Dorothea Mackellar




Flower and Thorn

Black the storm-wind rides the sky, all the leaves are torn,
Briers upon the common stand stripped to stick and thorn;
Thorny is the brier, thorny is the brier,
Mother Mary, keep me safe, give me my desire!

Now the winter rains have gone, Heaven’s washed and clean,
All the brooks are laughing sweet, all the trees are green;
Leafy is the brier, leafy is the brier,
Mother Mary in the sky, grant me my desire!

Summer’s yellow on the land, throbbing warm and live,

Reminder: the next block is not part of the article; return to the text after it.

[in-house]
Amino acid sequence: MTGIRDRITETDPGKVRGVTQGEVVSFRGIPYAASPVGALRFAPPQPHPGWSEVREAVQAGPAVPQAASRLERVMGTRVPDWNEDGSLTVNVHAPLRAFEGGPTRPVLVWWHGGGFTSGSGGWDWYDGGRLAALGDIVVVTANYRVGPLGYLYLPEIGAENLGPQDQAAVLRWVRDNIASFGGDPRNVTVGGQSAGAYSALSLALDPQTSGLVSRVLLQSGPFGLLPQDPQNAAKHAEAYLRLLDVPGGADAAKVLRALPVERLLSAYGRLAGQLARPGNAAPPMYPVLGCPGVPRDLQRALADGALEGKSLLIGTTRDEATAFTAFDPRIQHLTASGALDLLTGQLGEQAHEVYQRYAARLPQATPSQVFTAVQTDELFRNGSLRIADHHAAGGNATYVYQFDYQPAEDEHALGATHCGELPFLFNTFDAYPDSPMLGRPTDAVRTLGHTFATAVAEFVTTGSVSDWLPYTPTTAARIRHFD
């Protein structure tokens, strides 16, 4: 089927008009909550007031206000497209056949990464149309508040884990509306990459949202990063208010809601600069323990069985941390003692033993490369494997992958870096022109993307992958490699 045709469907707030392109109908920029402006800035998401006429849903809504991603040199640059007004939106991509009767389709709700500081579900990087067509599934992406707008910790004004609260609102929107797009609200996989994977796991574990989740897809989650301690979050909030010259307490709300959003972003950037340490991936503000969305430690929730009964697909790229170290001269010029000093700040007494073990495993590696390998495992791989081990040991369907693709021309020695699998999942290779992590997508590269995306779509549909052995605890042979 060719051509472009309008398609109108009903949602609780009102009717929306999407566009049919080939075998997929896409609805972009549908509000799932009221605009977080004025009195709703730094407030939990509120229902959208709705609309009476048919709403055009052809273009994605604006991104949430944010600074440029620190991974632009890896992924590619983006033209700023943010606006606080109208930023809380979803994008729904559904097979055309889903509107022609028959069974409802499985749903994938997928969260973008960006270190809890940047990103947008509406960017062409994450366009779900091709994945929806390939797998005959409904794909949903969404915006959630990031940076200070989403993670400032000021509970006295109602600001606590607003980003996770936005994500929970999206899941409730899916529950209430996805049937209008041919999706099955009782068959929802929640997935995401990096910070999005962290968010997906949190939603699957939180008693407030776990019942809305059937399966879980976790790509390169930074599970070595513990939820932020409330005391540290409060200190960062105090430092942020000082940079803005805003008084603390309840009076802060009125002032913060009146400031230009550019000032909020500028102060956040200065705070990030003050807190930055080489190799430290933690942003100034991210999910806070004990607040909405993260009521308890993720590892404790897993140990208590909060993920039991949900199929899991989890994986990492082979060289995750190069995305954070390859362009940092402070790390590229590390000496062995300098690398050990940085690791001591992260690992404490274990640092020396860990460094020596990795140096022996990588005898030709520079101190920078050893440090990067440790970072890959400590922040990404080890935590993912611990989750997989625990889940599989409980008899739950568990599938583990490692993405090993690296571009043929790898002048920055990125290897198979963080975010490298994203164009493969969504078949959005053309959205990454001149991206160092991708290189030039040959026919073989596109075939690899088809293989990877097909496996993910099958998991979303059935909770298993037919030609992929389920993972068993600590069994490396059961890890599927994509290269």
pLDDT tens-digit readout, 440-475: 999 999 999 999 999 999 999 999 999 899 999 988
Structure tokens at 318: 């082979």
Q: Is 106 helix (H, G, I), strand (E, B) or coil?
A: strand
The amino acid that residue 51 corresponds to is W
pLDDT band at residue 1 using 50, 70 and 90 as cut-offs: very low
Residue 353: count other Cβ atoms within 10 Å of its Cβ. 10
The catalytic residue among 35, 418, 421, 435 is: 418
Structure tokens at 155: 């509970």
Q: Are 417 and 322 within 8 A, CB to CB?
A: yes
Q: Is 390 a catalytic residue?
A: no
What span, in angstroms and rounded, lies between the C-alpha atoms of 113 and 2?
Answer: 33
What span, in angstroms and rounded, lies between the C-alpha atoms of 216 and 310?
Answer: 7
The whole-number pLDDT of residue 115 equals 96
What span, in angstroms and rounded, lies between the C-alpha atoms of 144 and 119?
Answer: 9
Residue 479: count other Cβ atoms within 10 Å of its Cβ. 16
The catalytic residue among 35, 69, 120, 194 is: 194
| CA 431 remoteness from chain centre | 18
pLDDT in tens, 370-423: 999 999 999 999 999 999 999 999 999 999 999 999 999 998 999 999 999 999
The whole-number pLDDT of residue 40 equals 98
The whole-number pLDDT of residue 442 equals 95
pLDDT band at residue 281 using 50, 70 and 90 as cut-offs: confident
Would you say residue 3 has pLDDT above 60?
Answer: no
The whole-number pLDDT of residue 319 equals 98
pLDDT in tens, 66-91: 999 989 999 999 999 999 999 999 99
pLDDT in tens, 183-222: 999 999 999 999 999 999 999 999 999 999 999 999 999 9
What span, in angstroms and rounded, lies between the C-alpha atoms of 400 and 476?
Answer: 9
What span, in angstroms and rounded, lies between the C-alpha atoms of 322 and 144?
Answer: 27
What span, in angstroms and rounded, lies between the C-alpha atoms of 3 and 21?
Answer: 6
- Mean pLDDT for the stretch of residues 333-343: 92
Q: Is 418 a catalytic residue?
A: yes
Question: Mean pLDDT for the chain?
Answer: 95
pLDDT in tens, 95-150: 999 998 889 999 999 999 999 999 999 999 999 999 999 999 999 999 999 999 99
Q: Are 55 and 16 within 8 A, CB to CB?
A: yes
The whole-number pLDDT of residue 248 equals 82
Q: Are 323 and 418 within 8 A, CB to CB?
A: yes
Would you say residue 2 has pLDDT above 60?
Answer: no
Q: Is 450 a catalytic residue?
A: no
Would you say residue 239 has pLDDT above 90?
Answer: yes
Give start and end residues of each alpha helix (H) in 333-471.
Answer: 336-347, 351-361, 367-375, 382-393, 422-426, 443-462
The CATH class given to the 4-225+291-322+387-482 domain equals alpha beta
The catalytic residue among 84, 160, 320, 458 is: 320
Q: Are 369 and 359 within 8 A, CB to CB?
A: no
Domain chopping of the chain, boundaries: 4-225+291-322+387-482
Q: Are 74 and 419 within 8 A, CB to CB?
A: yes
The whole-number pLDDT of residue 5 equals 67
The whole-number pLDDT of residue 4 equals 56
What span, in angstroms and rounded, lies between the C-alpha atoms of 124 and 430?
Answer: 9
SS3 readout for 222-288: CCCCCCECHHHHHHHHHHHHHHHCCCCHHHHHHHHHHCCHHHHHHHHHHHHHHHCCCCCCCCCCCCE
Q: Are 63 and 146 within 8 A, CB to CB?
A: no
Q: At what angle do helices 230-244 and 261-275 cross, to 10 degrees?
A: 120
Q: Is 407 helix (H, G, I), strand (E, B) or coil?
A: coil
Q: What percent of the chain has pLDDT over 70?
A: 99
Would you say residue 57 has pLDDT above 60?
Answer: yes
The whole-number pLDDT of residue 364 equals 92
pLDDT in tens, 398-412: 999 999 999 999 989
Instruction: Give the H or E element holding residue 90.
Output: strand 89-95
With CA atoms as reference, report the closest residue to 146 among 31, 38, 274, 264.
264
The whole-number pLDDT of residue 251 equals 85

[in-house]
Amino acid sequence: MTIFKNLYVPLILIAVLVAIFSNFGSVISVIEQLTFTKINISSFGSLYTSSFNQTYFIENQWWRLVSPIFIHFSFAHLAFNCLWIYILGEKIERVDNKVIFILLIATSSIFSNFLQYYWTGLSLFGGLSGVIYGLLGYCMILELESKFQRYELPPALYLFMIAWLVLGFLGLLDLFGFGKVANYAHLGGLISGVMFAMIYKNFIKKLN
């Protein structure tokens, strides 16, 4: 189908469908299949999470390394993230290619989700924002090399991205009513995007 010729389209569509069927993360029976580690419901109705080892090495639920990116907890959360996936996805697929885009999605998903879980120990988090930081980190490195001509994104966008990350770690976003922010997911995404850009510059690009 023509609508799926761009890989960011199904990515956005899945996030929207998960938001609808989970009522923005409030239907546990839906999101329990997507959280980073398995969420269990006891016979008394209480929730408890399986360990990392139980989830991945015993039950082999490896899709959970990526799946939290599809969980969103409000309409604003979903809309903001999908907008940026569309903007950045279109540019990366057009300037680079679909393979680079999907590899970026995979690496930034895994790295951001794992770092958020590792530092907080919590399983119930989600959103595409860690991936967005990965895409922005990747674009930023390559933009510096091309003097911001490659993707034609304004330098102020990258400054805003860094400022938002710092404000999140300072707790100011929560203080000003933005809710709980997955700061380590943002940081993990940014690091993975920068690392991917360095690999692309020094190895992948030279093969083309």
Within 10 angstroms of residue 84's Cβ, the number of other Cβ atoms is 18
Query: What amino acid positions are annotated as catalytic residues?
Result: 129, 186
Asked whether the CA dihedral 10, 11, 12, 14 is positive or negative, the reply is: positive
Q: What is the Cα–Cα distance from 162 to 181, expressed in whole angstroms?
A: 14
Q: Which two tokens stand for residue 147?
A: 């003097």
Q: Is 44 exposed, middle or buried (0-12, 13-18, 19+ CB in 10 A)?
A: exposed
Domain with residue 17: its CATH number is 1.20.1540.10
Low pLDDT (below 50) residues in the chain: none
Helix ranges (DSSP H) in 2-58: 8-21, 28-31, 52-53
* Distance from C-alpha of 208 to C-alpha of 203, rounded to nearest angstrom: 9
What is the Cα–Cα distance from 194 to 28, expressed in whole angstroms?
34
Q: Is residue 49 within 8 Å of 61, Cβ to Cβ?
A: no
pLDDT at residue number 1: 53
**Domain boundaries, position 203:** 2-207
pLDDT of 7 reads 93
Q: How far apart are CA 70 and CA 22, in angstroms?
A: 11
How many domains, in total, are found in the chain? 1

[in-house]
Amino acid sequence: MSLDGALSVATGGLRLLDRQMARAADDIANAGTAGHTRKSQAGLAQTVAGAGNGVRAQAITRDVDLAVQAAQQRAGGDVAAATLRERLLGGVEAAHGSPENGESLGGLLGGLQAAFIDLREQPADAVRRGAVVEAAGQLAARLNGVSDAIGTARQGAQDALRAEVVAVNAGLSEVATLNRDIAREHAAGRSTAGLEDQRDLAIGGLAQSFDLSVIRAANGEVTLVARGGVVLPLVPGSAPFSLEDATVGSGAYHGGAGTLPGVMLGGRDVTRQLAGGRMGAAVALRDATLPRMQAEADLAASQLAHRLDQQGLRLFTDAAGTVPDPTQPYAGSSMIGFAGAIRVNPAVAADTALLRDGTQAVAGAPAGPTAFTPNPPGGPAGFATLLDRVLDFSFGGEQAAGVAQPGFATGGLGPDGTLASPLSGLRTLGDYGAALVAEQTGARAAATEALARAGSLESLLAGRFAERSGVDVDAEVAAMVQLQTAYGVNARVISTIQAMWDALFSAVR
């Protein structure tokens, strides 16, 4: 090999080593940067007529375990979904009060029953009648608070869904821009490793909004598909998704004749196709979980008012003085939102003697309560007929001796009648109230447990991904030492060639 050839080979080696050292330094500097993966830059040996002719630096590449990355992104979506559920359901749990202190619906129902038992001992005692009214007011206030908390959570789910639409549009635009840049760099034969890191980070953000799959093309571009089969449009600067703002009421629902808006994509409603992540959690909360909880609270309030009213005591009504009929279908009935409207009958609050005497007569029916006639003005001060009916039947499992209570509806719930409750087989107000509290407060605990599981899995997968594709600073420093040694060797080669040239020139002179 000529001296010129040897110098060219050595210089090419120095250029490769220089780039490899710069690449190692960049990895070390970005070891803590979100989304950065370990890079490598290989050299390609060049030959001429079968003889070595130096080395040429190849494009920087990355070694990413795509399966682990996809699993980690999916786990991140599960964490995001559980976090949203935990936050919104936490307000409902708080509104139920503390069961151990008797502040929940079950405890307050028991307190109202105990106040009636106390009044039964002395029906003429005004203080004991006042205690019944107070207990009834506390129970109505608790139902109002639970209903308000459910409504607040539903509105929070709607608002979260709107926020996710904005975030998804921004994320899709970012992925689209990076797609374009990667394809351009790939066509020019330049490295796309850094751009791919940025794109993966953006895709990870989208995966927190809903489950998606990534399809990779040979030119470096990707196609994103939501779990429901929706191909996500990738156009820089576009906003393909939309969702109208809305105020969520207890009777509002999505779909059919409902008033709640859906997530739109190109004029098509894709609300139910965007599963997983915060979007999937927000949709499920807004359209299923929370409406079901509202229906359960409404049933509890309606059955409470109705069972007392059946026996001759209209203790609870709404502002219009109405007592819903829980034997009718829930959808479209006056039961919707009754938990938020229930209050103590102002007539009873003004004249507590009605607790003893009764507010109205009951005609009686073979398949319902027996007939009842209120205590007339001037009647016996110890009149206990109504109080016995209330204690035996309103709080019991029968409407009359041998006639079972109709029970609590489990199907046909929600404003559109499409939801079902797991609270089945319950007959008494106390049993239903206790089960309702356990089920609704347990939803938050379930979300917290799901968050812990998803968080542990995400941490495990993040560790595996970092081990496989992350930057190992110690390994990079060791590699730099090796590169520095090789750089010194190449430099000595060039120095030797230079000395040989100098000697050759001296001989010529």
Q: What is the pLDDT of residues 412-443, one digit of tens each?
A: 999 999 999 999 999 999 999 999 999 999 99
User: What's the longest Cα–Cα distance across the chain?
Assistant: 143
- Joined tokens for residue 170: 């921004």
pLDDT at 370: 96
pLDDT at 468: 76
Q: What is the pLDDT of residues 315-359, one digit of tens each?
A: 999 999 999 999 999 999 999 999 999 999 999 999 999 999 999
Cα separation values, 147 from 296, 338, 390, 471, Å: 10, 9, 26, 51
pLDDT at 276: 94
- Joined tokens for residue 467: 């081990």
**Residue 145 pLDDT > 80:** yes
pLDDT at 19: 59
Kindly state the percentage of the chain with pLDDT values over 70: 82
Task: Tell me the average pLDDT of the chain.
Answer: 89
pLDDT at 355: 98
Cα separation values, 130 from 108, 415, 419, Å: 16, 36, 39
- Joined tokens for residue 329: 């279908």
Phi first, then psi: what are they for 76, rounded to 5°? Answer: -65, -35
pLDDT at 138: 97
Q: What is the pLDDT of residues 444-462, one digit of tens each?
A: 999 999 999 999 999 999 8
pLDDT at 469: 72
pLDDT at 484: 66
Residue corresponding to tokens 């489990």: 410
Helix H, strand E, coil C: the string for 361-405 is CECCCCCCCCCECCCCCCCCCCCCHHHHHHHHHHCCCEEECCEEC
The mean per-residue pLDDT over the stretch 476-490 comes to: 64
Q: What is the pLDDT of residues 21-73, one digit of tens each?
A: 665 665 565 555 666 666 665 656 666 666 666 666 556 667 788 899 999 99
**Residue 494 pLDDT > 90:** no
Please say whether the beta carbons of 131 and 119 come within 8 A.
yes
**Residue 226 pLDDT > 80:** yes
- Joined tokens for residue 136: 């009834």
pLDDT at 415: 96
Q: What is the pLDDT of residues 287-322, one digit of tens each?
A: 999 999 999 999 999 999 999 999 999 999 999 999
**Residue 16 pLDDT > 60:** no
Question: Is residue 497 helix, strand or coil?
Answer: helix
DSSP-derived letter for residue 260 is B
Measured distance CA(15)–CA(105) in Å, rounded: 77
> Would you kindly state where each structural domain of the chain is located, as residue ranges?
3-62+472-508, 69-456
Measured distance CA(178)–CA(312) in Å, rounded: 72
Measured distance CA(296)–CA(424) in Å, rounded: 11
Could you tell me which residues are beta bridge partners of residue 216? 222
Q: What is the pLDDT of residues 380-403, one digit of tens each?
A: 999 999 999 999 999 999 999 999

Hear her million voices hum like a lucky hive;
Blossom of the brier, blossom of the brier,
Mary in the summertime, give me my desire!

All the talking winds are stilled in the autumn pause,
Redder far than blood or fire blaze the hips and haws;
Fruiting of the brier, fruiting of the brier—
Mother Mary, must I die starved of my desire?